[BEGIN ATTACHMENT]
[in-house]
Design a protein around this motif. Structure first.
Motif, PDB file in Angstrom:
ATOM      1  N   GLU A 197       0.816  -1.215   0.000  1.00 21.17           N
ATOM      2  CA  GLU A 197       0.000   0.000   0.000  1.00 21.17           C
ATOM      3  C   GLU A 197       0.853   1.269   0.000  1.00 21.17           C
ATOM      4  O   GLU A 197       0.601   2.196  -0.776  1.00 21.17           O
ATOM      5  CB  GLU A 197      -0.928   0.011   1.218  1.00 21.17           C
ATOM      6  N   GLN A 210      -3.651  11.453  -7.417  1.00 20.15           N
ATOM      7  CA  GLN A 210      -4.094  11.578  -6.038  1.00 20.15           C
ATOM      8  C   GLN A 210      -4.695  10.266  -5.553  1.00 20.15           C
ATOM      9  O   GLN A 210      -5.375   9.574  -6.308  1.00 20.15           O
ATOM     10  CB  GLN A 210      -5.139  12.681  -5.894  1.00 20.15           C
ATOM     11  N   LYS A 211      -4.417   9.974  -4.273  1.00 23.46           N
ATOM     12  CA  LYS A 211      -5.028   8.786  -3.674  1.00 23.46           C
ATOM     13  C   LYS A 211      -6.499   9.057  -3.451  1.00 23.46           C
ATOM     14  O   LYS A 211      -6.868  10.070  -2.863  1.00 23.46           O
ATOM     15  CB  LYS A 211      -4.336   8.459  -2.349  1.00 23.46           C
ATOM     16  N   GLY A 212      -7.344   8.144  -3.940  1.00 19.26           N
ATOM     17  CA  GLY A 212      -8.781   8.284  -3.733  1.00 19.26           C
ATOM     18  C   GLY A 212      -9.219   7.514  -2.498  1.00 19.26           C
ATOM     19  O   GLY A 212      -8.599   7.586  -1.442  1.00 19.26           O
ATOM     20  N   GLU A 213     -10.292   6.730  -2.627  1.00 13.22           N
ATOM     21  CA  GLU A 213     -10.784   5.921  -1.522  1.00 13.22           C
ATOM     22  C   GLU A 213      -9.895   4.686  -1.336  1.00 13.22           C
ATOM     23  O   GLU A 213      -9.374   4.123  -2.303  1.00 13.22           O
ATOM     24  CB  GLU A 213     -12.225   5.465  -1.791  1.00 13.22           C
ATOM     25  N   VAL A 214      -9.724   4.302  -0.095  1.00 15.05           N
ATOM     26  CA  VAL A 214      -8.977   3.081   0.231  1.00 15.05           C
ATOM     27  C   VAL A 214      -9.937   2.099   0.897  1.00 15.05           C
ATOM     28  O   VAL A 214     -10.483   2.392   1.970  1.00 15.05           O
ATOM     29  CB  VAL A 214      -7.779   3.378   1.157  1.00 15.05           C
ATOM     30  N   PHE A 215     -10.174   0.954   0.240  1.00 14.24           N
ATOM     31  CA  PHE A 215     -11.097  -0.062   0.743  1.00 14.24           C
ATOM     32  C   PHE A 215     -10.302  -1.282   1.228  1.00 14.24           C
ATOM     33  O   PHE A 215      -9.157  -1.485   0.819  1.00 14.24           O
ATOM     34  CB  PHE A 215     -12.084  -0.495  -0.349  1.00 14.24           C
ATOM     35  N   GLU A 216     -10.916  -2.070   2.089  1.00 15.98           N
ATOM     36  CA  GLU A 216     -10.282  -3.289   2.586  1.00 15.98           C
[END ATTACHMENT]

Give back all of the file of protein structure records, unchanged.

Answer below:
[in-house]
Design a protein around this motif. Structure first.
Motif, PDB file in Angstrom:
ATOM      1  N   GLU A 197       0.816  -1.215   0.000  1.00 21.17           N
ATOM      2  CA  GLU A 197       0.000   0.000   0.000  1.00 21.17           C
ATOM      3  C   GLU A 197       0.853   1.269   0.000  1.00 21.17           C
ATOM      4  O   GLU A 197       0.601   2.196  -0.776  1.00 21.17           O
ATOM      5  CB  GLU A 197      -0.928   0.011   1.218  1.00 21.17           C
ATOM      6  N   GLN A 210      -3.651  11.453  -7.417  1.00 20.15           N
ATOM      7  CA  GLN A 210      -4.094  11.578  -6.038  1.00 20.15           C
ATOM      8  C   GLN A 210      -4.695  10.266  -5.553  1.00 20.15           C
ATOM      9  O   GLN A 210      -5.375   9.574  -6.308  1.00 20.15           O
ATOM     10  CB  GLN A 210      -5.139  12.681  -5.894  1.00 20.15           C
ATOM     11  N   LYS A 211      -4.417   9.974  -4.273  1.00 23.46           N
ATOM     12  CA  LYS A 211      -5.028   8.786  -3.674  1.00 23.46           C
ATOM     13  C   LYS A 211      -6.499   9.057  -3.451  1.00 23.46           C
ATOM     14  O   LYS A 211      -6.868  10.070  -2.863  1.00 23.46           O
ATOM     15  CB  LYS A 211      -4.336   8.459  -2.349  1.00 23.46           C
ATOM     16  N   GLY A 212      -7.344   8.144  -3.940  1.00 19.26           N
ATOM     17  CA  GLY A 212      -8.781   8.284  -3.733  1.00 19.26           C
ATOM     18  C   GLY A 212      -9.219   7.514  -2.498  1.00 19.26           C
ATOM     19  O   GLY A 212      -8.599   7.586  -1.442  1.00 19.26           O
ATOM     20  N   GLU A 213     -10.292   6.730  -2.627  1.00 13.22           N
ATOM     21  CA  GLU A 213     -10.784   5.921  -1.522  1.00 13.22           C
ATOM     22  C   GLU A 213      -9.895   4.686  -1.336  1.00 13.22           C
ATOM     23  O   GLU A 213      -9.374   4.123  -2.303  1.00 13.22           O
ATOM     24  CB  GLU A 213     -12.225   5.465  -1.791  1.00 13.22           C
ATOM     25  N   VAL A 214      -9.724   4.302  -0.095  1.00 15.05           N
ATOM     26  CA  VAL A 214      -8.977   3.081   0.231  1.00 15.05           C
ATOM     27  C   VAL A 214      -9.937   2.099   0.897  1.00 15.05           C
ATOM     28  O   VAL A 214     -10.483   2.392   1.970  1.00 15.05           O
ATOM     29  CB  VAL A 214      -7.779   3.378   1.157  1.00 15.05           C
ATOM     30  N   PHE A 215     -10.174   0.954   0.240  1.00 14.24           N
ATOM     31  CA  PHE A 215     -11.097  -0.062   0.743  1.00 14.24           C
ATOM     32  C   PHE A 215     -10.302  -1.282   1.228  1.00 14.24           C
ATOM     33  O   PHE A 215      -9.157  -1.485   0.819  1.00 14.24           O
ATOM     34  CB  PHE A 215     -12.084  -0.495  -0.349  1.00 14.24           C
ATOM     35  N   GLU A 216     -10.916  -2.070   2.089  1.00 15.98           N
ATOM     36  CA  GLU A 216     -10.282  -3.289   2.586  1.00 15.98           C